TEL AVIV, Israel (AP) — Thousands of Israelis took to the streets early Sunday to celebrate their country’s victory in the Eurovision Song Contest.
Fans flooded Tel Aviv’s Rabin Square in front of City Hall, with some euphorically jumping into a public fountain, after Netta Barzilai was announced the winner in Portugal with her techno dance tune “Toy.” The City Hall building was lit up to spell “Toy” and electronic signs throughout the city congratulated her.
The 25-year-old Barzilai, popularly known by her first name, has become a sensation in Israel thanks to her oozing confidence, charisma and spastic performances, which include a clucking sound like a chicken and barely decipherable words, as well as the use of a looping machine and synthesizer.
The win — Israel’s first since 1998 and fourth overall — means it will host next year’s contest.
Here’s a look at what the win in the hugely popular song contest means for Israel:
In a country with a perpetual sense of siege, Israel tends to go gaga over any international success that reinforces its image of itself as a normal country.
Even minor sporting and cultural achievements are disproportionately celebrated, and the Eurovision is regarded as the crown jewel of them all. Many Israelis see it as proof that the Jewish state can overcome those seeking to boycott it over its treatment of the Palestinians.
“Hallelujah” became the country’s unofficial national song after it won the contest for Israel when it hosted the event in the late 1970s, and Dana International became a national hero and global transgender icon when she won with “Diva” in 1998.
This year’s contest smashed overnight TV ratings records, and Netta fielded congratulatory phone calls from the nation’s leaders, including Prime Minister Benjamin Netanyahu, who called her Israel’s “greatest ambassador.”
“It’s a moment of joy that makes everybody together, it’s a consensus,” said Izhar Cohen, who won Israel’s first Eurovision crown 40 years ago. “Because we are separated with so many views and political sides and all that, this contest made us one country, one people and I’m so happy for that.”
NEXT YEAR IN JERUSALEM
The prospect of Israel hosting next year’s contest in Jerusalem shines a spotlight on the contested city just as Israel marks the annual Jerusalem Day, the anniversary of what it refers to as the city’s “unification” following the 1967 war, and a day before the United States is set to officially open its embassy in the city.
Israel captured east Jerusalem, along with the West Bank and Gaza Strip, in the 1967 Mideast war. It later annexed the eastern sector in a move not recognized internationally. The Palestinians claim east Jerusalem as the capital of their future state, a position with wide international backing.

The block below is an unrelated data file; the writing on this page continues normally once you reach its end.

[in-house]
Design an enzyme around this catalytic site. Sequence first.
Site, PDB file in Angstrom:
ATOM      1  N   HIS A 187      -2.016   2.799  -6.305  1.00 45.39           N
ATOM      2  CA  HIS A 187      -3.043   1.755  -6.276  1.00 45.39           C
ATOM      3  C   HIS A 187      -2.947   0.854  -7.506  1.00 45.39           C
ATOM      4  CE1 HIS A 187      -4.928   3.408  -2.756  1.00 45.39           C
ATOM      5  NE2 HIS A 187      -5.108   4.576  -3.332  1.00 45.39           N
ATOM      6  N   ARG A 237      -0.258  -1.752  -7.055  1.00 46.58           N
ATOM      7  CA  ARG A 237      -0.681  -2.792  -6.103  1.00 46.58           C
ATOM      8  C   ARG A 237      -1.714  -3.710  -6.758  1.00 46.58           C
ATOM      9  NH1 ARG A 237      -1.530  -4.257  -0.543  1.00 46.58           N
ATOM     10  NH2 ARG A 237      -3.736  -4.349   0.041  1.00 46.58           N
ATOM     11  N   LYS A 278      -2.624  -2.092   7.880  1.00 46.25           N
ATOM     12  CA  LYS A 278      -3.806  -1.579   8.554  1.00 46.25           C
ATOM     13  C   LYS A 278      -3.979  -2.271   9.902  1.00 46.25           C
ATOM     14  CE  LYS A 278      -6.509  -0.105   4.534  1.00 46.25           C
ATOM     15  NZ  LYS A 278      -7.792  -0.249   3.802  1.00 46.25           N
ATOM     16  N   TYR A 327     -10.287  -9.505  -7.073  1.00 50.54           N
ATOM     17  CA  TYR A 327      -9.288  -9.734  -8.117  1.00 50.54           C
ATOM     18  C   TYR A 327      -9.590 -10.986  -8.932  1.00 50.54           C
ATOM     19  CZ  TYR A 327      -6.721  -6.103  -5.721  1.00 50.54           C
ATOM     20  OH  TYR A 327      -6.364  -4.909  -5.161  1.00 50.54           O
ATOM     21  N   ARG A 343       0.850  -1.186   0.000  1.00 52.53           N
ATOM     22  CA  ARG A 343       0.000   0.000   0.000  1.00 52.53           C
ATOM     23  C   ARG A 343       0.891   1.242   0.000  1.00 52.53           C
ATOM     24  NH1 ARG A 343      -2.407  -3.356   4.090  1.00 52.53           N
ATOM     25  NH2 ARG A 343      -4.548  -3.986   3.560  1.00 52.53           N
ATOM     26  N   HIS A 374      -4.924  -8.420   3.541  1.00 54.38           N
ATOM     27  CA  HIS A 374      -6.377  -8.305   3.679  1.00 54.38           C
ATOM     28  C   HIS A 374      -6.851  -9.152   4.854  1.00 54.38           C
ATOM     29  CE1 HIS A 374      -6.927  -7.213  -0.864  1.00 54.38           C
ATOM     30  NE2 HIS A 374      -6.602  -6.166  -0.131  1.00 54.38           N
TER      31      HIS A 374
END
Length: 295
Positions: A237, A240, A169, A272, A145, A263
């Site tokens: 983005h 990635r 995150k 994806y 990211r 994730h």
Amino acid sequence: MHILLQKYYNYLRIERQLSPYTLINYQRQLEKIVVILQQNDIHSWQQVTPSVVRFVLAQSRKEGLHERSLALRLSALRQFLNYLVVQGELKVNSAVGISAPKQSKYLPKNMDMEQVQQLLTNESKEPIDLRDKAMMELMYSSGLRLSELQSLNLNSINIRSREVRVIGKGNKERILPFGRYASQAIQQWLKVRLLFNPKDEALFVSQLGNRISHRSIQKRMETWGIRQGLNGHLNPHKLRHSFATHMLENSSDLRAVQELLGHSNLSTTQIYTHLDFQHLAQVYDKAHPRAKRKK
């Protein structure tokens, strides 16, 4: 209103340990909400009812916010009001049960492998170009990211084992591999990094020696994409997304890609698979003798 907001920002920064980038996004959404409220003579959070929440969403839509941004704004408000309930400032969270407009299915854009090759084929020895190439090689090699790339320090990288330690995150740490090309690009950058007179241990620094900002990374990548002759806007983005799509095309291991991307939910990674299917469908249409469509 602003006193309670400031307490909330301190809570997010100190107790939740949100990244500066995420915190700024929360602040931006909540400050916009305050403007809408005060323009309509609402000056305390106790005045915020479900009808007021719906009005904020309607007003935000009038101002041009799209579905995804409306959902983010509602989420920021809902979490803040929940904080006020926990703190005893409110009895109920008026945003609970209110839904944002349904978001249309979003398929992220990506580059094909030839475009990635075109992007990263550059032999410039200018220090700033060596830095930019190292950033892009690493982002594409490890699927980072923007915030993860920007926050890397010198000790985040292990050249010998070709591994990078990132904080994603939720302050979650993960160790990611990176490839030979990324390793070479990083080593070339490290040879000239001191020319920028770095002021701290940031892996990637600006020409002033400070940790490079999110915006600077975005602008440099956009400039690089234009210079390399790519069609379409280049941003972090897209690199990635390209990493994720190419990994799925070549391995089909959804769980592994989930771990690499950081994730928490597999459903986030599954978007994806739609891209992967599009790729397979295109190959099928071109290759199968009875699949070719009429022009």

When the Eurovision hosts turned to each country to hear their votes, Jerusalem was the only capital city not mentioned by name. As she picked up her award, Netta shouted to the audience “I love my country. Next time in Jerusalem!” There will be no escaping the issue next year unless the competition’s rabid fans in coastal Tel Aviv get their way and manage to host it instead.
GOOD TIMES IN ISRAEL
The Eurovision win comes as Israel is enjoying an unparalleled grace period. It just concluded a successful hosting of the start of the Giro d’Italia cycling race, the first Grand Tour event ever held outside Europe. The government is also relishing in Trump’s warm embrace, his recognition of Jerusalem as Israel’s capital and his nullifying of the nuclear deal with Israel’s arch-enemy Iran.
Netanyahu chose to open his weekly Cabinet meeting Sunday by noting Netta’s win. “These days Jerusalem is being blessed with many gifts. We received another one last night with Netta’s thrilling and suspenseful victory,” he said. “The gift is that the Eurovision will come to Jerusalem next year.”
The winning song’s main chorus is “I’m not your toy, You stupid boy, I’ll take you down.” Netta has referred to it as a song about women’s empowerment, and the message seems to have resonated with fans — the song racked up more than 20 million views on Eurovision’s YouTube channel even before Saturday night’s event.
Netta’s physical appearance has upended traditional notions of what it takes to be a female pop star, and she has become a model for plus-size women. She has been unapologetic about her weight, the loud colors she wears and the funky chicken moves that have become her trademark.
On Saturday night, she won out over a sultry, hip-shaking pop star from Cyprus who wore a glittering outfit that bared her navel and flat stomach.
“Thank you so much for choosing different. Thank you so much for accepting the differences between us. Thank you for celebrating diversity,” Netta said in her victory speech.
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